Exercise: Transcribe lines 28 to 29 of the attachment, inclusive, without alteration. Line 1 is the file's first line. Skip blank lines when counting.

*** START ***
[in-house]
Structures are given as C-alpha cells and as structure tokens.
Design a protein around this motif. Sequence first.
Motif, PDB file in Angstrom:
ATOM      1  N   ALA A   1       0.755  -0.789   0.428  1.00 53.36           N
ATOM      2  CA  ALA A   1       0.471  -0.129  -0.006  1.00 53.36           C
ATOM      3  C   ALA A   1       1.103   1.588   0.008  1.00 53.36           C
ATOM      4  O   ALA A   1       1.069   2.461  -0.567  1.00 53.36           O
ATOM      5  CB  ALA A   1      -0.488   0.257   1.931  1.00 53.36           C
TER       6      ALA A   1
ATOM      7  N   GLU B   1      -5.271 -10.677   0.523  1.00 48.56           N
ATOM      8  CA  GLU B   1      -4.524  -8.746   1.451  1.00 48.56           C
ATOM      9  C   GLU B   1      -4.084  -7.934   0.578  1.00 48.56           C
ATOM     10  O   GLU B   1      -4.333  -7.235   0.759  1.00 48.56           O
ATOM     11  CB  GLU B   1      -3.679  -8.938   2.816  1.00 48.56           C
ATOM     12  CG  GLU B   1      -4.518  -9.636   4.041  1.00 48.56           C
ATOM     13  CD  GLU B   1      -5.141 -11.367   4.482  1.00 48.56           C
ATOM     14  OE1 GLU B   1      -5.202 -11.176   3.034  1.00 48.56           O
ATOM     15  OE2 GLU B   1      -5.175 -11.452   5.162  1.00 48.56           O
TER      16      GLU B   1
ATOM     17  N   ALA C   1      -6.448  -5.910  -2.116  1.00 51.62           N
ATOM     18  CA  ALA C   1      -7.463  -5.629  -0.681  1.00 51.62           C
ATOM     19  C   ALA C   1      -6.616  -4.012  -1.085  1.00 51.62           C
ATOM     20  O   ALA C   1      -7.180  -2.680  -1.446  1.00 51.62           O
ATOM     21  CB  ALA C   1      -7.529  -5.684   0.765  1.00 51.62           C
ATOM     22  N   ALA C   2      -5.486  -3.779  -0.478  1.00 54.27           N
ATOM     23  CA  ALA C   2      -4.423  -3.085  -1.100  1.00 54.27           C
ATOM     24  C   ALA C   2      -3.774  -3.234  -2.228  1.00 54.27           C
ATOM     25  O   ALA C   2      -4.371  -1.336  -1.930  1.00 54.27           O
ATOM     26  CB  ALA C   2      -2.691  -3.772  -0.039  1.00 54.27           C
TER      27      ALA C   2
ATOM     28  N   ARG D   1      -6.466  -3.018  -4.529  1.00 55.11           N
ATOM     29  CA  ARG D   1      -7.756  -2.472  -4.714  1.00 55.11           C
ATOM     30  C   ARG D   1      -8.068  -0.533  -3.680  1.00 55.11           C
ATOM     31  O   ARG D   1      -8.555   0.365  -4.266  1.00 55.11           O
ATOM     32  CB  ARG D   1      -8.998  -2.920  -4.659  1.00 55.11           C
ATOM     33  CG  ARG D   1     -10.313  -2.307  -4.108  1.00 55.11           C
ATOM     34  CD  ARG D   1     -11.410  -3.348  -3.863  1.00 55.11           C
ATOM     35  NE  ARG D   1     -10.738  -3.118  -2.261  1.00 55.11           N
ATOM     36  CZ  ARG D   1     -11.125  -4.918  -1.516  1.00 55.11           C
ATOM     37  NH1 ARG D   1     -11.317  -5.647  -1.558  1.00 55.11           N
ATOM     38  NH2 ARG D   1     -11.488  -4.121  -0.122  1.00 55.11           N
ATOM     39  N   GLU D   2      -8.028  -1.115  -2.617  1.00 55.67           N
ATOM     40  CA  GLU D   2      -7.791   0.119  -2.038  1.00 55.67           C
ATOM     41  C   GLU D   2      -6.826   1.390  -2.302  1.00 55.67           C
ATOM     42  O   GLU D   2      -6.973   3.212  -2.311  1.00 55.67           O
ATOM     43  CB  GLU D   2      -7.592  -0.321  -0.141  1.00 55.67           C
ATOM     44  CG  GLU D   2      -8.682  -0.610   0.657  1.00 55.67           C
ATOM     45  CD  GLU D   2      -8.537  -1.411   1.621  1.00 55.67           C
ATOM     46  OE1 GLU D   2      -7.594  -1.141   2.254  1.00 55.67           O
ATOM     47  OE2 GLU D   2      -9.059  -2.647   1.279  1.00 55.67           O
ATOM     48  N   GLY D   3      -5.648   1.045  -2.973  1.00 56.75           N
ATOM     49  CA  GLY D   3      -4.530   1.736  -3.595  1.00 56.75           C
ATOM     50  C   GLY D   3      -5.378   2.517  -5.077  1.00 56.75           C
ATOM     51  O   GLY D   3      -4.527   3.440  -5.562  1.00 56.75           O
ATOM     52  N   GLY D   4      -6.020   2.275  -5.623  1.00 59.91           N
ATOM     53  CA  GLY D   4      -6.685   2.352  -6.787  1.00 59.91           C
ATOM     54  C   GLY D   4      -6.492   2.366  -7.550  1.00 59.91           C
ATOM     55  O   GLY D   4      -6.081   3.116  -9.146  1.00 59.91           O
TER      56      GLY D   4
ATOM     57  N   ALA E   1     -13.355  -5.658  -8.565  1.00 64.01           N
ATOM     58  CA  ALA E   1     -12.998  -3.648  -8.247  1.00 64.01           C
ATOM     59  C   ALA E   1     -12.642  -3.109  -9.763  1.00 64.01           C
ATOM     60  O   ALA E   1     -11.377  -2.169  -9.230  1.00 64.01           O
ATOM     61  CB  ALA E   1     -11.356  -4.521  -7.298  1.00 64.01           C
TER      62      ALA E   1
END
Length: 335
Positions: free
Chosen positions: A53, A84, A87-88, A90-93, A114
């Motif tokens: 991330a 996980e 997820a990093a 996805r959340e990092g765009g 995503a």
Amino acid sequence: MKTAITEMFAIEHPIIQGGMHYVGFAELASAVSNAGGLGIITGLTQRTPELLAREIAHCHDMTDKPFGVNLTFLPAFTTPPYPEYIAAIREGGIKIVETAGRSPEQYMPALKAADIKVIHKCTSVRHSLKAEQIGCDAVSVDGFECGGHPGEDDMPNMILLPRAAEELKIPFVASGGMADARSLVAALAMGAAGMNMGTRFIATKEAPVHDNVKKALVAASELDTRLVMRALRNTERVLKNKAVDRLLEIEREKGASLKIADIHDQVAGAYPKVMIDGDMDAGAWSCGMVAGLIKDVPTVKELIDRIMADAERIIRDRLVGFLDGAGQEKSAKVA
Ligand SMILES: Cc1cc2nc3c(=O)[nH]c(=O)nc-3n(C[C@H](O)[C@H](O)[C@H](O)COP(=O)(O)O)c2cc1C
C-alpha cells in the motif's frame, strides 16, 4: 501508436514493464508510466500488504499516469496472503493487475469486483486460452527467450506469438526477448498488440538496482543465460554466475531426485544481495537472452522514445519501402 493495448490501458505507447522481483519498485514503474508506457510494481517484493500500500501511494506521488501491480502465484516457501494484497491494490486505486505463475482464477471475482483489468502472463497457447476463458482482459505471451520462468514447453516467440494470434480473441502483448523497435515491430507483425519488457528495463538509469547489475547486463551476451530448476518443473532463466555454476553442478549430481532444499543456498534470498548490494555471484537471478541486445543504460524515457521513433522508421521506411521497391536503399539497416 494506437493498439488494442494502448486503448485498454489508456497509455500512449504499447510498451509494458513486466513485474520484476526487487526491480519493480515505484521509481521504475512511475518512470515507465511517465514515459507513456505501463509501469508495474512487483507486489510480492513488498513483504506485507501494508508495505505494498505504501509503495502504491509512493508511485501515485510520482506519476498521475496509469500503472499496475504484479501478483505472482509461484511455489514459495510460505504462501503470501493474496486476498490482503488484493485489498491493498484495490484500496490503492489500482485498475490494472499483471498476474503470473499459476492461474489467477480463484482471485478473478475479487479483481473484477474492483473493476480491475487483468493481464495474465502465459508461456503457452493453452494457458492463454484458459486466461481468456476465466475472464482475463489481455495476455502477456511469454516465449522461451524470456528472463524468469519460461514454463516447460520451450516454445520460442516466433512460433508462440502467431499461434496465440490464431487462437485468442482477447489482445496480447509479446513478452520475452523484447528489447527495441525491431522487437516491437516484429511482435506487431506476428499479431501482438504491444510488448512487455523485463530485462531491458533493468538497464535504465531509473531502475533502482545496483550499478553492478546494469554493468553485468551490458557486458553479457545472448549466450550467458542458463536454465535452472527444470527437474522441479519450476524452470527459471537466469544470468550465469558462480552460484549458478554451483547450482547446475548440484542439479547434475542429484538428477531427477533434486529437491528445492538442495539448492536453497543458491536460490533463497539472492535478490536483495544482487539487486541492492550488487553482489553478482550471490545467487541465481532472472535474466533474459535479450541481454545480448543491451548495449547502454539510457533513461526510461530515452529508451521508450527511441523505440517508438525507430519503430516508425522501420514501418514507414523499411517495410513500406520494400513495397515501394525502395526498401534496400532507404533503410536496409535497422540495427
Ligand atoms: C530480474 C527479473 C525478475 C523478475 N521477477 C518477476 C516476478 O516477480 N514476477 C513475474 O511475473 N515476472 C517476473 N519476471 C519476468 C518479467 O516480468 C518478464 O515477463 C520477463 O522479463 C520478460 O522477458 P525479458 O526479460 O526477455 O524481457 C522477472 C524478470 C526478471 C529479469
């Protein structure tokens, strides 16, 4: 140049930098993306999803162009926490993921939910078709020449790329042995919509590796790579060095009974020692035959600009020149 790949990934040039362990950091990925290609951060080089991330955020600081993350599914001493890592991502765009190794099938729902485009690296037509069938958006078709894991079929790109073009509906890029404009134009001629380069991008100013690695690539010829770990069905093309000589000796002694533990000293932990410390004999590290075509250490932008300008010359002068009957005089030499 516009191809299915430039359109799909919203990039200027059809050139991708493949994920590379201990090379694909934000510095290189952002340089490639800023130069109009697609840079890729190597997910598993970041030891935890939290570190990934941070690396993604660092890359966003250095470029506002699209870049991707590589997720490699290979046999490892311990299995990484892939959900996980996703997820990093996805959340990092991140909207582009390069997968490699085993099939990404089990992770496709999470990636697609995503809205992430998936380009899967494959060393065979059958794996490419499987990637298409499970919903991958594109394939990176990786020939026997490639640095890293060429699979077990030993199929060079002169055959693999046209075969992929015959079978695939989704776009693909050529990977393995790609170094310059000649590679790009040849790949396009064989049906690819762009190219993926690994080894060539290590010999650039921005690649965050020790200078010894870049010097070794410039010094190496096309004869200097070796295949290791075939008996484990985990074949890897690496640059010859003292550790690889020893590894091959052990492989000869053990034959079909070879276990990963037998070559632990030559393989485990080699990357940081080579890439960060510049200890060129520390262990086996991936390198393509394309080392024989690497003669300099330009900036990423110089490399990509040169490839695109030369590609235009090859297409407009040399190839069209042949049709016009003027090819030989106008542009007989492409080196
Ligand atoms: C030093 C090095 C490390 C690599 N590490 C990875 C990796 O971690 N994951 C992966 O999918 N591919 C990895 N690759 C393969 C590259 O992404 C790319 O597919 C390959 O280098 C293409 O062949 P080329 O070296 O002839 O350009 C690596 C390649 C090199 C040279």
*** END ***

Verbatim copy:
ATOM     24  C   ALA C   2      -3.774  -3.234  -2.228  1.00 54.27           C
ATOM     25  O   ALA C   2      -4.371  -1.336  -1.930  1.00 54.27           O